Your last will and testament is your final instruction directing how your estate is to be divided up once you pass on. It can be your final act of kindness to your loved ones. To help this to be your final act of kindness, it is important that you avoid making certain common mistakes when drafting your will. Making any of these mistakes when drafting your will could complicate and delay the process after you pass on; it could cause unnecessary strain on your loved ones.
What follows are 5 common mistakes to avoid when drafting your will.
1. Mistakes to avoid when drafting your will: Not following the legal formalities
People who draft their own wills, with no help from a qualified professional, are often not aware of the legal formalities that need to be followed for a will to be valid. Failing to follow the legally required formalities means that the will is invalid. It is, however, possible to apply to court to condone the will, but this is a costly and lengthy process. And remember that this will happen after you have passed on, so it will be your loved ones who have to engage in the costly and lengthy process. The easiest way to avoid this problem is to use a qualified professional to help you draft your will.
2. Mistakes to avoid when drafting your will: Selecting a beneficiary as a witness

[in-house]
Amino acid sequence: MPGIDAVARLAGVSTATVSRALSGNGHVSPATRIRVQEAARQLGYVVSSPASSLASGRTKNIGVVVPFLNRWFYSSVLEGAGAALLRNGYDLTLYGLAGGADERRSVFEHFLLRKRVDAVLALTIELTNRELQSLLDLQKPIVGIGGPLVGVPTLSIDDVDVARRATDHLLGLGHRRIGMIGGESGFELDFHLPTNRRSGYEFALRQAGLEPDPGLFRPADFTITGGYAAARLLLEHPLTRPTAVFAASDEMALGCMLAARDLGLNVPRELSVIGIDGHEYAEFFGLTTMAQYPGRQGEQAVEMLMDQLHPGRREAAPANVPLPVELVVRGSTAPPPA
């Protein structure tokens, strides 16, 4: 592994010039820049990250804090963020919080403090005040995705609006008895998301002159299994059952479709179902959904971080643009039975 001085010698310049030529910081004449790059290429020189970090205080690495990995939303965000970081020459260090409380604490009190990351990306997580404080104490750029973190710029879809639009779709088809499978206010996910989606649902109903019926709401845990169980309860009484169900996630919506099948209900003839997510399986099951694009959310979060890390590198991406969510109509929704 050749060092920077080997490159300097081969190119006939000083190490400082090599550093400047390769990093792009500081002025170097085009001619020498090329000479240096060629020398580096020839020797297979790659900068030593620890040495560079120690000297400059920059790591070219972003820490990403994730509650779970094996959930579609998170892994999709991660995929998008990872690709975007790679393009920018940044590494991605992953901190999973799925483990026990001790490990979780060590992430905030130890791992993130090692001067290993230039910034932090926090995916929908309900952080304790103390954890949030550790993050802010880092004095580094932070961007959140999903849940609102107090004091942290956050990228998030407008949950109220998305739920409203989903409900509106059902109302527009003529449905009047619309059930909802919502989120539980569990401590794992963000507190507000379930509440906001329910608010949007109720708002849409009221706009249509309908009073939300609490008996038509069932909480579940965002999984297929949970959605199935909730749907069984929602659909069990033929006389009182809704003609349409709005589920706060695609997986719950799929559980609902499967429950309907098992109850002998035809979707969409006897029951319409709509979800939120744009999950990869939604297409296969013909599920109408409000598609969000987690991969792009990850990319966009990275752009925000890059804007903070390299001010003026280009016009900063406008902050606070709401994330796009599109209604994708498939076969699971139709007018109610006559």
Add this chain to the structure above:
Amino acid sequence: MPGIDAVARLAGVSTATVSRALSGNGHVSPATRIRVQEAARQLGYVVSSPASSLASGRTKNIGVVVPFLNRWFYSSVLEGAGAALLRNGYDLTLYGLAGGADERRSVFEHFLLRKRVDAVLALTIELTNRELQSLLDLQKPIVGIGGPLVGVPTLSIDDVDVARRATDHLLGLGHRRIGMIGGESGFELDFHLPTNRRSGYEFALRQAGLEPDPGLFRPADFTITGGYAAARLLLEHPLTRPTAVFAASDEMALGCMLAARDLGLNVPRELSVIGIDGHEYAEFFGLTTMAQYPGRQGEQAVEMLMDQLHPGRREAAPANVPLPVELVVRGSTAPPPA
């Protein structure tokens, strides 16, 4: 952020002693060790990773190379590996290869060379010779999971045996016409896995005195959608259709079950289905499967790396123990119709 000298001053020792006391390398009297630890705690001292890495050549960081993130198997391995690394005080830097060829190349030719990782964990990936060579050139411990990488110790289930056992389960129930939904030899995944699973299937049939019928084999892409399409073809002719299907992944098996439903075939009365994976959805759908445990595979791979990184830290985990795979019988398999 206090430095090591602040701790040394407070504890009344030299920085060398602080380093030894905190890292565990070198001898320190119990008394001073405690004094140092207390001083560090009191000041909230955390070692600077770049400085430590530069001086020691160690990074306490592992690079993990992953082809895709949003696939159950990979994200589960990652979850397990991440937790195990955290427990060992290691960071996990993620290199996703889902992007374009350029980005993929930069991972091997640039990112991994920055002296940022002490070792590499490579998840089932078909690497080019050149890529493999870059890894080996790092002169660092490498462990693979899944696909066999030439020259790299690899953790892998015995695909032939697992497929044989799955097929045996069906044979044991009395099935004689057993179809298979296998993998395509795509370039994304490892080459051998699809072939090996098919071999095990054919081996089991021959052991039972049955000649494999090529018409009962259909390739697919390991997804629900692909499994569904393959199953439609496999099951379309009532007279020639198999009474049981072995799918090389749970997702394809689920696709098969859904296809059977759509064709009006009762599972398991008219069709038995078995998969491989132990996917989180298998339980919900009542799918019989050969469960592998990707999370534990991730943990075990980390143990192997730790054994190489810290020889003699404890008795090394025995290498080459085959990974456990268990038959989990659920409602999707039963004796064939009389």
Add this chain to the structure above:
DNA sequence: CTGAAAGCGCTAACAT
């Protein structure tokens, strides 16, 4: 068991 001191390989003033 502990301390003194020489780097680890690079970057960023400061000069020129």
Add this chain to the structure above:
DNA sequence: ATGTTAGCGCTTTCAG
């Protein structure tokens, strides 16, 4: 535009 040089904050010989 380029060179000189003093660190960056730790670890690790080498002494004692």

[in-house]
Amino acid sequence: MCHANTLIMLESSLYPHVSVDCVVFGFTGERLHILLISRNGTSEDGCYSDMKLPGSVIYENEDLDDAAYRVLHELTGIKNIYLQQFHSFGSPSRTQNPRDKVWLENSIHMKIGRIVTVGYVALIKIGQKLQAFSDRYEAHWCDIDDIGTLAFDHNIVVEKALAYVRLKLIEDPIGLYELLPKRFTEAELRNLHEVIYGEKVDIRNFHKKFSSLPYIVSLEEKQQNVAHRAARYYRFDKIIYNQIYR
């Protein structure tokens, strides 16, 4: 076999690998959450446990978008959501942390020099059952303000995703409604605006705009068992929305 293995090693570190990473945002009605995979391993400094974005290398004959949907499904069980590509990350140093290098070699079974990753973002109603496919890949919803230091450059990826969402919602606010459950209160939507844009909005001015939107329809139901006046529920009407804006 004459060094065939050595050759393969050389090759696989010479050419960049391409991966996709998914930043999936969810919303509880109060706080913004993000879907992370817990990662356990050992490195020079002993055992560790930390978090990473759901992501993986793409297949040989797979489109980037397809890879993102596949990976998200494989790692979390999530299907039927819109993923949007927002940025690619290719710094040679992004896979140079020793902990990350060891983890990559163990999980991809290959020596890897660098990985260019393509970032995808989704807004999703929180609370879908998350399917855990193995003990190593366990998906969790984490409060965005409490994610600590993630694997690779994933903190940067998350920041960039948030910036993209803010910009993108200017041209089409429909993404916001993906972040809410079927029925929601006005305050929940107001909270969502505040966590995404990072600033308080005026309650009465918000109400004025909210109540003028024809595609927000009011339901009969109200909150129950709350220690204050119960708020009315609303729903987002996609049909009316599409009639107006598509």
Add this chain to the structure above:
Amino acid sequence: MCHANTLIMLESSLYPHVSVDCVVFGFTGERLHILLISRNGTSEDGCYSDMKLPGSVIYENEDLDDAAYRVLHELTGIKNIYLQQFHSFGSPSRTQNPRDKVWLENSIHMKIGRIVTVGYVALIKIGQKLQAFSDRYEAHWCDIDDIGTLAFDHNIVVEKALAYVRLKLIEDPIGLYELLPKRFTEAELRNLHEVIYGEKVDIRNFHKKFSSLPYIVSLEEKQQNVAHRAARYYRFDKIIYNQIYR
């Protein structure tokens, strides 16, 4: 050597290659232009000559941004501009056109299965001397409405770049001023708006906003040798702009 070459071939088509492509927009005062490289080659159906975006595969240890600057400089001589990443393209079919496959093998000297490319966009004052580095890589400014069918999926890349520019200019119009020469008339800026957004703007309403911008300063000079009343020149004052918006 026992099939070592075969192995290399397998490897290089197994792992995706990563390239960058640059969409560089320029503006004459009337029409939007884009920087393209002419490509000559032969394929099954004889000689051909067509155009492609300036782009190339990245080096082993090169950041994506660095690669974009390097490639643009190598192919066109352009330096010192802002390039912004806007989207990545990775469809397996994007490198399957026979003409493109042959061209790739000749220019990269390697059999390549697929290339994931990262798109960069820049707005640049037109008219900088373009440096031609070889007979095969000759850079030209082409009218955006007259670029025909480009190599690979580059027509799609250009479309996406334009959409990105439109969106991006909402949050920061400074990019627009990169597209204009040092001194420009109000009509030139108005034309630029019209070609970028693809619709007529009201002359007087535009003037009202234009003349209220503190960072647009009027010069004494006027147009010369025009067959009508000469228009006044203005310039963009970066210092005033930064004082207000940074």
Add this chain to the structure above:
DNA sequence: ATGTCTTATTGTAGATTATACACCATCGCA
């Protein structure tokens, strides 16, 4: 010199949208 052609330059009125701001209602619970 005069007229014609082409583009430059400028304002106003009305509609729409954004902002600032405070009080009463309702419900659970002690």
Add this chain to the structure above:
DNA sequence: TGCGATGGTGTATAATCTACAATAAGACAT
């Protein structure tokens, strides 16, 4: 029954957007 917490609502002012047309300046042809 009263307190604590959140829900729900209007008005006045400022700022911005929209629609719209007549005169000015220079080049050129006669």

The witnesses of a will (as well as their spouses) are by law automatically disqualified from inheriting from the will. A beneficiary does have recourse to the court, but at a price. The obvious way to avoid making this mistake is by not letting your beneficiaries be witnesses.
3. Mistakes to avoid when drafting your will: Forgetting to include a “leftovers” clause
A leftovers or residuary clause covers property that you don’t specifically mention anywhere else in your will. It allows you to ensure that your entire estate is covered by your will. If you forget to include this clause, you will die partially intestate. The property that is not specifically mentioned in the will then has to be distributed according to the law and not by your wishes. The fix is to include a leftovers clause.
4. Mistakes to avoid when drafting your will: Not revoking earlier wills
A later will does not necessarily revoke an earlier will. If in a later will you do not explicitly revoke your earlier will, both wills could be read together upon the event of your death. The wills have to be reconciled. Where there is conflict between the old and the new will, the provisions of the new will override those of the old. It is obvious how this becomes a very complicated and lengthy process, with results potentially not conforming to your wishes. Be sure to explicitly revoke all previous wills in your latest will.
5. Mistakes to avoid when drafting your will: Not storing your will in an easily locatable place
If your loved ones cannot find your will, they cannot carry out your final wishes. If no one can find your will, you will die intestate. None of your wishes can be carried out. Give a copy of your will to your executor and another copy to someone you trust.
These are some of the mistakes to avoid when drafting your will. Be sure to avoid these mistakes! If you require any assistance in or advice on the topic of drafting your will, please do not hesitate to contact us at firstname.lastname@example.org.